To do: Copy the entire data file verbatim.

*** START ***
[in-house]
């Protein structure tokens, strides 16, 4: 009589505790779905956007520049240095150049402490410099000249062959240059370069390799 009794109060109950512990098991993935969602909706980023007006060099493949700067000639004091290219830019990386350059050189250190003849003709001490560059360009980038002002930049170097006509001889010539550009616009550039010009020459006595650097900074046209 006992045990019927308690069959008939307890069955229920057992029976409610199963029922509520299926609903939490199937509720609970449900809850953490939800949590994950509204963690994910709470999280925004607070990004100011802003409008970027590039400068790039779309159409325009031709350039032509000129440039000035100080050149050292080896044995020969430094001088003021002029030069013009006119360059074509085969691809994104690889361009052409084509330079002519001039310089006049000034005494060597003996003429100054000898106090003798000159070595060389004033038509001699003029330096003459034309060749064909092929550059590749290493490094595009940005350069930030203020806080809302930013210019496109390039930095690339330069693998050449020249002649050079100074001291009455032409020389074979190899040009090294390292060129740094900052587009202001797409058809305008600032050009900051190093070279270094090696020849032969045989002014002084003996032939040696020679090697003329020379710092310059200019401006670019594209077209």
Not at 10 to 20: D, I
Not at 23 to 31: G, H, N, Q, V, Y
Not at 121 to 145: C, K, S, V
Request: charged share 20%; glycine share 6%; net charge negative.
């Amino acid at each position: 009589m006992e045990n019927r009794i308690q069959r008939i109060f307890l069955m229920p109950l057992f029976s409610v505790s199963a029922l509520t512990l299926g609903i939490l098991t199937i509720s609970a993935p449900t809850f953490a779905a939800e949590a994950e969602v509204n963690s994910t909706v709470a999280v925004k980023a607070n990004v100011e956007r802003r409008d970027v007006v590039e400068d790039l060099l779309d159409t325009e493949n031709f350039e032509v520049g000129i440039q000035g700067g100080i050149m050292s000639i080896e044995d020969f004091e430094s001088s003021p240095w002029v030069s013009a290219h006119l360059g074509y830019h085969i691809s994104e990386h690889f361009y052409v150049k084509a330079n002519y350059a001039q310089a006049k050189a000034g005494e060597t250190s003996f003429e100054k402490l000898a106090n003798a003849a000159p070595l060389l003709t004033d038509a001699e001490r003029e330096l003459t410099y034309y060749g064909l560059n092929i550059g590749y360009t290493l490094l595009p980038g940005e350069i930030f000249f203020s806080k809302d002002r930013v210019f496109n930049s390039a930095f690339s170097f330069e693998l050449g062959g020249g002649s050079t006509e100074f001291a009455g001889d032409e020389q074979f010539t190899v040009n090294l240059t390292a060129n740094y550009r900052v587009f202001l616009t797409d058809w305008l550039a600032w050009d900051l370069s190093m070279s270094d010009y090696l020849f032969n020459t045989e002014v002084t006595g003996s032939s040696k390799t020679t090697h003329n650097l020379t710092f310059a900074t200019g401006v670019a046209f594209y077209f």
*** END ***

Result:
[in-house]
């Protein structure tokens, strides 16, 4: 009589505790779905956007520049240095150049402490410099000249062959240059370069390799 009794109060109950512990098991993935969602909706980023007006060099493949700067000639004091290219830019990386350059050189250190003849003709001490560059360009980038002002930049170097006509001889010539550009616009550039010009020459006595650097900074046209 006992045990019927308690069959008939307890069955229920057992029976409610199963029922509520299926609903939490199937509720609970449900809850953490939800949590994950509204963690994910709470999280925004607070990004100011802003409008970027590039400068790039779309159409325009031709350039032509000129440039000035100080050149050292080896044995020969430094001088003021002029030069013009006119360059074509085969691809994104690889361009052409084509330079002519001039310089006049000034005494060597003996003429100054000898106090003798000159070595060389004033038509001699003029330096003459034309060749064909092929550059590749290493490094595009940005350069930030203020806080809302930013210019496109390039930095690339330069693998050449020249002649050079100074001291009455032409020389074979190899040009090294390292060129740094900052587009202001797409058809305008600032050009900051190093070279270094090696020849032969045989002014002084003996032939040696020679090697003329020379710092310059200019401006670019594209077209």
Not at 10 to 20: D, I
Not at 23 to 31: G, H, N, Q, V, Y
Not at 121 to 145: C, K, S, V
Request: charged share 20%; glycine share 6%; net charge negative.
């Amino acid at each position: 009589m006992e045990n019927r009794i308690q069959r008939i109060f307890l069955m229920p109950l057992f029976s409610v505790s199963a029922l509520t512990l299926g609903i939490l098991t199937i509720s609970a993935p449900t809850f953490a779905a939800e949590a994950e969602v509204n963690s994910t909706v709470a999280v925004k980023a607070n990004v100011e956007r802003r409008d970027v007006v590039e400068d790039l060099l779309d159409t325009e493949n031709f350039e032509v520049g000129i440039q000035g700067g100080i050149m050292s000639i080896e044995d020969f004091e430094s001088s003021p240095w002029v030069s013009a290219h006119l360059g074509y830019h085969i691809s994104e990386h690889f361009y052409v150049k084509a330079n002519y350059a001039q310089a006049k050189a000034g005494e060597t250190s003996f003429e100054k402490l000898a106090n003798a003849a000159p070595l060389l003709t004033d038509a001699e001490r003029e330096l003459t410099y034309y060749g064909l560059n092929i550059g590749y360009t290493l490094l595009p980038g940005e350069i930030f000249f203020s806080k809302d002002r930013v210019f496109n930049s390039a930095f690339s170097f330069e693998l050449g062959g020249g002649s050079t006509e100074f001291a009455g001889d032409e020389q074979f010539t190899v040009n090294l240059t390292a060129n740094y550009r900052v587009f202001l616009t797409d058809w305008l550039a600032w050009d900051l370069s190093m070279s270094d010009y090696l020849f032969n020459t045989e002014v002084t006595g003996s032939s040696k390799t020679t090697h003329n650097l020379t710092f310059a900074t200019g401006v670019a046209f594209y077209f």